Sports Desk: More Than A Coach

Vincent Joseph Dooley, the port city Depression-era kid whose early life was shaped by Catholic priests in Mobile, Ala., coached his first season of UGA football 50 years ago this fall. But Dooley has always been more than a football coach.

Which other College Football Hall of Fame coach hangs out at the library because he truly enjoys research? Is there another major college coach out there with a master’s degree in history? What coach, in retirement, segues his career into gardening and landscaping?

Dooley transferred allegiances from one school to the other in the Deep South’s oldest rivalry (Georgia-Auburn), achieving iconic status at his adopted campus as the vicissitudes of a profession, which can dish out bittersweet moments, rewarded him more often than not.

The down times were always trumped by highlights, brought about by the percentages that he learned to master, mainly because he had a fundamentally sound and inquiring mind that led him to accept the cards dealt him with equanimity and detachment. It allowed him to put the past behind him, rationalize without rancor and move on.

“If you stick your neck out there enough,” he was wont to say, “one day it will get chopped off.” In other words, there is no way to get enough of the breaks enough times to win every game.

Nobody stuck out their neck more than Joel Eaves, Georgia’s athletic director who hired Dooley as head coach in 1963. Dooley was 31 years old, wore snap-on ties and functioned with a distant and aloof personality. Some of that was a natural shyness, which, when coupled with a predilection for running the football, brought about carping and complaint once he settled in.

Dooley ball, it must be underscored, served Dooley and Georgia well. A national championship and six SEC titles are testimony to that. However, there were times when his conservative offense caused even some of his friends to lose patience. When he defeated his brother, Bill, then at the University of North Carolina, 7-3, in the 1971 Gator Bowl, Rex Edmondson, a Georgia graduate and then sports editor of the Jacksonville Journal, quipped, “Vince won the toss and ran the clock out.”

Not only did Dooley become the winningest coach in Georgia history (201-77-10), he ranks third in total wins in the SEC behind Bear Bryant and Steve Spurrier. His teams played in 20 bowls and he developed 40 All-American players, including Herschel Walker, who won the Heisman Trophy. Dooley was elected to the College Hall of Fame in 1994.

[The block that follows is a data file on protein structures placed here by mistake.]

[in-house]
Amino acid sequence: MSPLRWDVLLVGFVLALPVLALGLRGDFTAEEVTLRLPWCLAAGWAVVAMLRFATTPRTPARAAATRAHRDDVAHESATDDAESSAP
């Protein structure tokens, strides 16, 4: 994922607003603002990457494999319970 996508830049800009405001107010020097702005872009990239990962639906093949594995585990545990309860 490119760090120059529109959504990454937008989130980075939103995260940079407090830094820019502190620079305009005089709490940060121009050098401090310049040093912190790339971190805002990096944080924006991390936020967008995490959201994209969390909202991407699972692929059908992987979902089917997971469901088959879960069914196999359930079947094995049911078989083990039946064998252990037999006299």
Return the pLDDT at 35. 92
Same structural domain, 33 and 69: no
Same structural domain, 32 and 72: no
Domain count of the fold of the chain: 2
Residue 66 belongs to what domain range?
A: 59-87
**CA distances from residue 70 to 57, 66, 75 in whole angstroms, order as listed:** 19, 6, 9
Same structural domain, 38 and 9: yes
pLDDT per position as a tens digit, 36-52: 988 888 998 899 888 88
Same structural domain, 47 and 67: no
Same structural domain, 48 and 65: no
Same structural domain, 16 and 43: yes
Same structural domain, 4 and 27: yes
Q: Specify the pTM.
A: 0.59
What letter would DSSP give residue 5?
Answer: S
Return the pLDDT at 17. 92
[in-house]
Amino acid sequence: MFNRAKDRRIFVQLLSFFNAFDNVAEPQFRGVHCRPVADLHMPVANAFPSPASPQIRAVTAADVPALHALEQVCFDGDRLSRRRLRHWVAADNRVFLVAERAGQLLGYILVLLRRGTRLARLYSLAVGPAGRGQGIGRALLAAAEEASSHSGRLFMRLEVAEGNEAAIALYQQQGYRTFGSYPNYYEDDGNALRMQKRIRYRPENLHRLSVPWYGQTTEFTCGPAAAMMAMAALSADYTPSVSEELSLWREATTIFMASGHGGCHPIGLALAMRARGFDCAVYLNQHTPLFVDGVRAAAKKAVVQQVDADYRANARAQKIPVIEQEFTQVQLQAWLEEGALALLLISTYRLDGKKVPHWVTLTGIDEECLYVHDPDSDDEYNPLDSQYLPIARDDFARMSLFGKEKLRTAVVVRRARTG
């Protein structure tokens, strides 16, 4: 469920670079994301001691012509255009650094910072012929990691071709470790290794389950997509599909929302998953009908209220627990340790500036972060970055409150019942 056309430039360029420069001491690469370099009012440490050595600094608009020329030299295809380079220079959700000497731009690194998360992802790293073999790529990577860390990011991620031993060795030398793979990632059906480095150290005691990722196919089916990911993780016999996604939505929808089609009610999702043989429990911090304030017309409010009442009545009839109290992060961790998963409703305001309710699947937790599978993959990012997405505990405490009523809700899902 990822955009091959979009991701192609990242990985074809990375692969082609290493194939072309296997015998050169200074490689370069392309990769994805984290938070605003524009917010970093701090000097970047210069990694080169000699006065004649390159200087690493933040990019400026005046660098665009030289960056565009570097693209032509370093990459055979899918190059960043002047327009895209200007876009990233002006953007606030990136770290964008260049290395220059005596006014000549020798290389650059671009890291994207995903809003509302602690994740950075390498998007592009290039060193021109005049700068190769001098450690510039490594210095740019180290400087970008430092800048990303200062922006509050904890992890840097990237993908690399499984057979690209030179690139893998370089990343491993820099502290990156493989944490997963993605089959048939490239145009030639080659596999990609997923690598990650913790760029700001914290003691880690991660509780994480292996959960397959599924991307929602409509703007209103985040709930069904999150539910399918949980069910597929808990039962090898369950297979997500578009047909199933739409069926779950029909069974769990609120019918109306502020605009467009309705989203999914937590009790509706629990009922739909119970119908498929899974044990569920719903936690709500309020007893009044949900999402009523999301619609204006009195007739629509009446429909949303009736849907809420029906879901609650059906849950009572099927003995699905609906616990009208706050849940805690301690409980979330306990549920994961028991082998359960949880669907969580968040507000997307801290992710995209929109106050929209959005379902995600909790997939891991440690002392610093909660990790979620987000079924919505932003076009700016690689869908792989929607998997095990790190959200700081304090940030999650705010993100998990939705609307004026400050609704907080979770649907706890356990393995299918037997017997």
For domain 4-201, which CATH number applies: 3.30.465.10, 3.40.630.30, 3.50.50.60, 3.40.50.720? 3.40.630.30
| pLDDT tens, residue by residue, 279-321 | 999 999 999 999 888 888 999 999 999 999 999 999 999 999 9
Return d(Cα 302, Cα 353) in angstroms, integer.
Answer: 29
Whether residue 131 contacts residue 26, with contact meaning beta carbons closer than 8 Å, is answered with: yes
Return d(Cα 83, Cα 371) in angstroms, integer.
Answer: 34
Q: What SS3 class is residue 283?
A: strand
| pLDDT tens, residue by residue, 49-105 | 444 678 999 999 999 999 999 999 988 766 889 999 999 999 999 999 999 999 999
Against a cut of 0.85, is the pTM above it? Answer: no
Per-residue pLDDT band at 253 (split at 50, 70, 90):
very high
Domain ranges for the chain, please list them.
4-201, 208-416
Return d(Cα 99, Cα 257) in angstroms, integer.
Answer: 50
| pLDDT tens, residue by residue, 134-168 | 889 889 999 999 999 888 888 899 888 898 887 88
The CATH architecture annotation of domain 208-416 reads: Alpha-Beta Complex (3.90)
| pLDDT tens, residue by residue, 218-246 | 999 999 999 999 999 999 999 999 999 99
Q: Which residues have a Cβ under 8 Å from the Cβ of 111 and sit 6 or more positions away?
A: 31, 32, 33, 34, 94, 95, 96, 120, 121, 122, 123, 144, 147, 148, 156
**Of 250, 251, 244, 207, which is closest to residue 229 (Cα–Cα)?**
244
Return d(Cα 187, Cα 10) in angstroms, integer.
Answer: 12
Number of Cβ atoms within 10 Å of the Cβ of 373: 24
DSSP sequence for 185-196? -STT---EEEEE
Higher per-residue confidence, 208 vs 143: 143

There were times when pride and ego blindsided him, most significantly when he briefly threw his hat into the senatorial ring in the summer of 1985 without deferring to the political power structure that should have welcomed him with open arms. Name recognition and a perceived ability to raise money should have given him an advantage over the politically vulnerable Mack Mattingly.

Vince allowed The Atlanta Journal-Constitution to publish his political thoughts and plans; he then took off a day later for a 10-day trip to Scandinavia, leaving the state in an uproar.  Vince, a bright and sagacious man, didn’t grasp that he would not be allowed to coach his team and set up his political machine on the side. The view here is that the incumbent politicians never forgave him.

He tripped up again when he resigned as football coach in December 1988 with initial thoughts to run for governor.

The most difficult time in his professional life came when Michael Adams, UGA president from 1997 to 2013, forced Vince out, knowing that he had the ear of the politicians Vince had snubbed in his senatorial foray. Adams’ intransigence was puzzling. He refused to take the high road and find a compromise with Dooley. When Vince’s contract ended in 2004, in typical Dooley fashion, he made lemonade out of the lemon that came his way.

Vince never looked back, taking the high road himself and developing a second career in gardening and landscaping, becoming an author, speaker and consultant. In 2011, he was elected a trustee of the Georgia Historical Society.

Though he was wounded deeply by what happened to him at Georgia, he refused to become embittered and has enjoyed a productive second career. Fifty years after people asked themselves ‘Vince who?’ he has become Vince the accomplished.  

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